Different takes on Shakespeare’s Romeo and Juliet get made every single year, so it shouldn’t surprise us that our own local Afrikaans industry also decided to adapt this popular play. Except, unlike the classic play where the two star-crossed lovers die, this one takes its aim at the audience and makes us suffer instead.
Perhaps that was a little bit of a cruel introduction, but with the increasing maturity and growth of the local film industry and the number of high-quality films that are getting made, it’s sad to see a film essentially take a step back and revive the worst things about the local film industry – and indeed the Afrikaans film industry.
Jou Romeo follows the story of high school cricket superstar and most popular boy in school, Marco (Ruan Wessels) and drama geek Yvette (Elani Dekker). With the school finding huge success in their cricket team and with the principal’s biased love towards the sport, the drama department gets cut. Yvette and her friends hope to do a performance of Romeo and Juliet to the public, but with the budget cut, they now need to find another plan. That plan turns out to be Marko who in a desperate effort to improve his Math’s mark, seeks the help of Yvette to improve his grades. She sees the opportunity for a trade and offers to help him, if he is willing to be cast as Romeo in the school play, to help them sell tickets.
What was supposed to be an innocent joke to boost ticket sales and then swap him out with the actual Romeo they want gets complicated when he becomes more engrossed in the role than expected and they start to fall for each other. It’s essentially a double play on the Romeo and Juliet story, both in its appearance in the play and in its clash of two different types of people that aren’t supposed to be together. It’s been done before and is unbelievably predictable.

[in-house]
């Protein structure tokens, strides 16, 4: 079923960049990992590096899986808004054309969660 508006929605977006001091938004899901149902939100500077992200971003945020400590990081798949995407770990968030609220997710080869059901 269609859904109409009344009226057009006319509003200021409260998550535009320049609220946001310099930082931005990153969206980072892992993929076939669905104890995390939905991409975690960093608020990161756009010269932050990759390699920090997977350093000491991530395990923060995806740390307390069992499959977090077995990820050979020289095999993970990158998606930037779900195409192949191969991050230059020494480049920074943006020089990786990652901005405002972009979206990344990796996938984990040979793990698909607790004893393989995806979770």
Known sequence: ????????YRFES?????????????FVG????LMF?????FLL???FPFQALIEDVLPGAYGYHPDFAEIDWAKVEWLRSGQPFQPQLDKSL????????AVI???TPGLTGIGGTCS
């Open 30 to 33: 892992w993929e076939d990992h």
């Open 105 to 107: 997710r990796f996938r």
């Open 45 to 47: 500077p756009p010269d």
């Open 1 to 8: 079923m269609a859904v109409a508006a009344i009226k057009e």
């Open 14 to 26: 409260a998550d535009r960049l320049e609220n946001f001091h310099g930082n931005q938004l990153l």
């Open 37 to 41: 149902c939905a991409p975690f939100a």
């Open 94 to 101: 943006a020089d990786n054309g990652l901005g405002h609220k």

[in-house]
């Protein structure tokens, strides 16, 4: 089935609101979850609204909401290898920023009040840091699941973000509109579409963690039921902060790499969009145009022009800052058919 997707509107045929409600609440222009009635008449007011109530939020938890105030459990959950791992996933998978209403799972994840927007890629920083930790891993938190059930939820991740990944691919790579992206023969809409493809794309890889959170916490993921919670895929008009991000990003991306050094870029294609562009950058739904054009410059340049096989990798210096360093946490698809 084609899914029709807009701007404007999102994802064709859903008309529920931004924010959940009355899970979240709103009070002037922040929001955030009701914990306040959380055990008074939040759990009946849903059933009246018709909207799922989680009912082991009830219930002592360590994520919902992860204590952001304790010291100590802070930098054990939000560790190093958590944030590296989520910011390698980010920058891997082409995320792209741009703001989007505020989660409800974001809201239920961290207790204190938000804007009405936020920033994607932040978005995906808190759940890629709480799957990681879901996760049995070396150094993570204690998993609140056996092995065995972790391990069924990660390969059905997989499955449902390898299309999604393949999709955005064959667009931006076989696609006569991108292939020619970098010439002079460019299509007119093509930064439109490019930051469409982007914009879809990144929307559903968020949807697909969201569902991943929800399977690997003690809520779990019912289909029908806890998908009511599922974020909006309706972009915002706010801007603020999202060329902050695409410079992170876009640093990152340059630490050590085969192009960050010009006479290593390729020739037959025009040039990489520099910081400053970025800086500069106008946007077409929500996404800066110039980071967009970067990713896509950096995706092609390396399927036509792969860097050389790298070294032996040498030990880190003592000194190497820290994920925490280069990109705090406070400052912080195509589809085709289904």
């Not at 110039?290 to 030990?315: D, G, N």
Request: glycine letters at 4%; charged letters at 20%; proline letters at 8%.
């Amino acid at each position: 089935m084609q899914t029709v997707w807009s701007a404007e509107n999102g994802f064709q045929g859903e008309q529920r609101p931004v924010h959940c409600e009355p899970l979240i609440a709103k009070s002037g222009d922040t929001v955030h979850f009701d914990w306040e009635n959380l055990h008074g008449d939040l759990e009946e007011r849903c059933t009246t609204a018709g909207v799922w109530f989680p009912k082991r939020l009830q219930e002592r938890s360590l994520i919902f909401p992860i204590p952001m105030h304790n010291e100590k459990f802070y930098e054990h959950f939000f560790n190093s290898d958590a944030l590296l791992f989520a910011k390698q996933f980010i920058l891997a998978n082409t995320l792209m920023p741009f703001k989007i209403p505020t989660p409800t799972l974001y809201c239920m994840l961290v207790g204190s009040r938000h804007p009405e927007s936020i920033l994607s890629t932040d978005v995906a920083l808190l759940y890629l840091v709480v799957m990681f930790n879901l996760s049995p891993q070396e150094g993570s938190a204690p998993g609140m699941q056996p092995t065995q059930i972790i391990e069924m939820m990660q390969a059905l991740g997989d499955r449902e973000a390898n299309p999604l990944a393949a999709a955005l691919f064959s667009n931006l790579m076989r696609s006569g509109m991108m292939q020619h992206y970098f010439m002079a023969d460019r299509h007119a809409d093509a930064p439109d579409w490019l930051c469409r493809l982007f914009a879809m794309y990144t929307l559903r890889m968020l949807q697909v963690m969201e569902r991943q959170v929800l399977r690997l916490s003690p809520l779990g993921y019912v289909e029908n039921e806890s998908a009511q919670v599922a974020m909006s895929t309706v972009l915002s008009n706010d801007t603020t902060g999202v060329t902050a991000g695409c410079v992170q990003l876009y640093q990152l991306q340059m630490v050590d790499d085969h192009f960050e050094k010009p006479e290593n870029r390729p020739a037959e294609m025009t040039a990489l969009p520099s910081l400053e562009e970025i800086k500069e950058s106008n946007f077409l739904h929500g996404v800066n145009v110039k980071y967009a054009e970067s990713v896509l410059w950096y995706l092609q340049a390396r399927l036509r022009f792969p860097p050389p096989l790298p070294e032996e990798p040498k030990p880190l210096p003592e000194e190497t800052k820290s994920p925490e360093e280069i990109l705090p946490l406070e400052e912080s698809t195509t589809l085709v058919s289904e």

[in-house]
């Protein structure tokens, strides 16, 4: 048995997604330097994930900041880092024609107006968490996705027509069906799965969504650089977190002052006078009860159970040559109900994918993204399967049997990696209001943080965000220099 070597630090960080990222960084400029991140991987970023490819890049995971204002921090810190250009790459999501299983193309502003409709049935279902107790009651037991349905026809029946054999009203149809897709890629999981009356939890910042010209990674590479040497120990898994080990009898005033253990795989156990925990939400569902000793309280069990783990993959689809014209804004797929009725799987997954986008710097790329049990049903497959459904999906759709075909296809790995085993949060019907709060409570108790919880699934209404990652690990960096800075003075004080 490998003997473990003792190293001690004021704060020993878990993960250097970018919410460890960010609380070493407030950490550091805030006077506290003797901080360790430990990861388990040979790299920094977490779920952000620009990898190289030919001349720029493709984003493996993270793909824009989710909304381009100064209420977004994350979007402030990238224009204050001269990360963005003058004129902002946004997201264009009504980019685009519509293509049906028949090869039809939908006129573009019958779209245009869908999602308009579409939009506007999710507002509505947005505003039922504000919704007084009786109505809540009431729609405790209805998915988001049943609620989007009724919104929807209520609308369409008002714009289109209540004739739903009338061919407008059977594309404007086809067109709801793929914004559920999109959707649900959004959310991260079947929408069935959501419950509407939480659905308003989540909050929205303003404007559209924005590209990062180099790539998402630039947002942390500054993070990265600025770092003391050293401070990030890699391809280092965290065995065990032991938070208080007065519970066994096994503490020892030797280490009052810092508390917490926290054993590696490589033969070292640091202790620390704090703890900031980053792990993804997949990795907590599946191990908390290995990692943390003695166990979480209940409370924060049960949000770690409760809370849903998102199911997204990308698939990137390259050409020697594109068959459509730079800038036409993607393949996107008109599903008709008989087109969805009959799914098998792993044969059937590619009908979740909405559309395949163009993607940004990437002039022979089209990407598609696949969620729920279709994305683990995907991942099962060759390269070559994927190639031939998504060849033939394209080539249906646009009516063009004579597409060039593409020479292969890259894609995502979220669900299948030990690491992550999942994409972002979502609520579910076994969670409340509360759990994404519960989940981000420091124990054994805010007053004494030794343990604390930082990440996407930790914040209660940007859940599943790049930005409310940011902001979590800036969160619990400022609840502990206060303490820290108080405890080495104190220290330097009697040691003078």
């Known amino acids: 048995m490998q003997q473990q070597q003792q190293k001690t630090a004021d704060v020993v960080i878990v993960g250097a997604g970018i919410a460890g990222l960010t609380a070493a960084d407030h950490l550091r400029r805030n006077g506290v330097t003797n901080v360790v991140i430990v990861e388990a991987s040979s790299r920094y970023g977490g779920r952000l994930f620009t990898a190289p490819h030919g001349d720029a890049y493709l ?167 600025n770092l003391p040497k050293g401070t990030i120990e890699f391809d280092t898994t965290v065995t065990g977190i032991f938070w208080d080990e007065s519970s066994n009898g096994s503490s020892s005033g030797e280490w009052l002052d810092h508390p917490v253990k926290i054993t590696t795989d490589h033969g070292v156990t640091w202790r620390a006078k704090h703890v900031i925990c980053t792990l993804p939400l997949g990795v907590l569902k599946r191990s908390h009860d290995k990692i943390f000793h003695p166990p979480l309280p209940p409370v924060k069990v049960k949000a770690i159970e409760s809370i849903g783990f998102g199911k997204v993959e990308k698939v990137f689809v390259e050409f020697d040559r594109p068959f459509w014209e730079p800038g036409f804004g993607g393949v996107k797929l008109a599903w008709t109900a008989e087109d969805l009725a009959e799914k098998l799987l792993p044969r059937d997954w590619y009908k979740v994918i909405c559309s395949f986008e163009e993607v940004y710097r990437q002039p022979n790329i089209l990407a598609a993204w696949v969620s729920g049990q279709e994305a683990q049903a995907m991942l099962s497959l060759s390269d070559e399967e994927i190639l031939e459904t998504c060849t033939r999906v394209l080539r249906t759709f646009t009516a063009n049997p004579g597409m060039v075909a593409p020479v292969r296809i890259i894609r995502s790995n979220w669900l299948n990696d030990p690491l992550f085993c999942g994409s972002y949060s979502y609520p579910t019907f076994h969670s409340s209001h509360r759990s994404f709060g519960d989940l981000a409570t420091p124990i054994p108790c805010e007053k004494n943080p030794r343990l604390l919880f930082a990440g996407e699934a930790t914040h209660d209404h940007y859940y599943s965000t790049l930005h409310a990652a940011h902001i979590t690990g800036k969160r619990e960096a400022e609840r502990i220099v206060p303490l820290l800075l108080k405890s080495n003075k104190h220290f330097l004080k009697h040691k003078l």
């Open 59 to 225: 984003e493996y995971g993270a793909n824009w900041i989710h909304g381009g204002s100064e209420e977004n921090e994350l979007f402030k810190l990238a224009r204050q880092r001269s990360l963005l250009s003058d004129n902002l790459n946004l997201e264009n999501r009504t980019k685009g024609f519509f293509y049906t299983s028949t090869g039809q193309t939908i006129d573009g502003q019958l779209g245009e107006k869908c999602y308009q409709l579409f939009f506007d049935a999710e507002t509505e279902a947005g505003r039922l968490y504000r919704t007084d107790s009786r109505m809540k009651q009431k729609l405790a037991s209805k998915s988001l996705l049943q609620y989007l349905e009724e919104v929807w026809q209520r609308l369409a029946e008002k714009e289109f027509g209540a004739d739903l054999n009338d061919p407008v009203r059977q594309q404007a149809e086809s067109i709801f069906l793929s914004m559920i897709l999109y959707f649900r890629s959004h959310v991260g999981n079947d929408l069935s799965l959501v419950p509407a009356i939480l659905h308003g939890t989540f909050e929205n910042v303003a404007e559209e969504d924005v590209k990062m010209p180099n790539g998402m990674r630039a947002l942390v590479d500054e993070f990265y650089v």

Predictability doesn’t make a film bad though. Jou Romeo’s biggest problem is that in its attempt to bring humour to the film, it creates incredibly exaggerated, single-noted and stereotypical characters. This is further pronounced by the slapstick directing of Andre Velts who ensures the film comes across as foolish and comical as possible, even when the script calls for some more sensitive handling. Indeed, some important moments in the movie are seemingly glossed over for the sake of keeping the film as lighthearted as possible.
The film, with its strong focus on social media trends of high school students, appears to be aimed more at young kids than soon-to-be adults, which makes its tone a little difficult to understand. Sure, it’s got the obligatory ‘sokkie treffers’ to appeal to a wide target market, but it’s hard to imagine that anyone will be able to see past the ridiculousness of it all.
The actors don’t do themselves any favours by playing along to the exaggerated nature of their characters by providing no form of subtlety or nuance to their roles and rather trying to generate comedy by over-committing to their characters. It would be endearing if it were funny. Sadly, the humour doesn’t come across well here. That the dialogue for most of the movie is incredibly cheesy is partly to blame. Indeed, the smartest parts of the script are when Shakespeare is being recited in the play.
There are also some incredibly strange decisions in the editing process where certain pivotal moments of the film are raced through with a contemporary song in the background that lose the moment and sully the climax of the film. That is not to say everything about the film is bad. The leads are both likeable and their onscreen chemistry, although awkward at first, actually plays off well in the end. Also, the upbeat nature of the film should appeal to you if you’re looking for something incredibly easy to view. Though I can think of many other movies to want to spend an evening viewing, even in the local scene.
In the end Jou Romeo does nothing to establish itself as a credible film in the industry. Many years ago, this would’ve been expected of an Afrikaans film, but with so many high-quality films coming out these days, this just seems amateurish in comparison. It will likely still be popular with a certain audience, but if you get put off by many traditional Afrikaans films and their characterizations, this is going to infuriate you.
Jou Romeo is out now on DVD.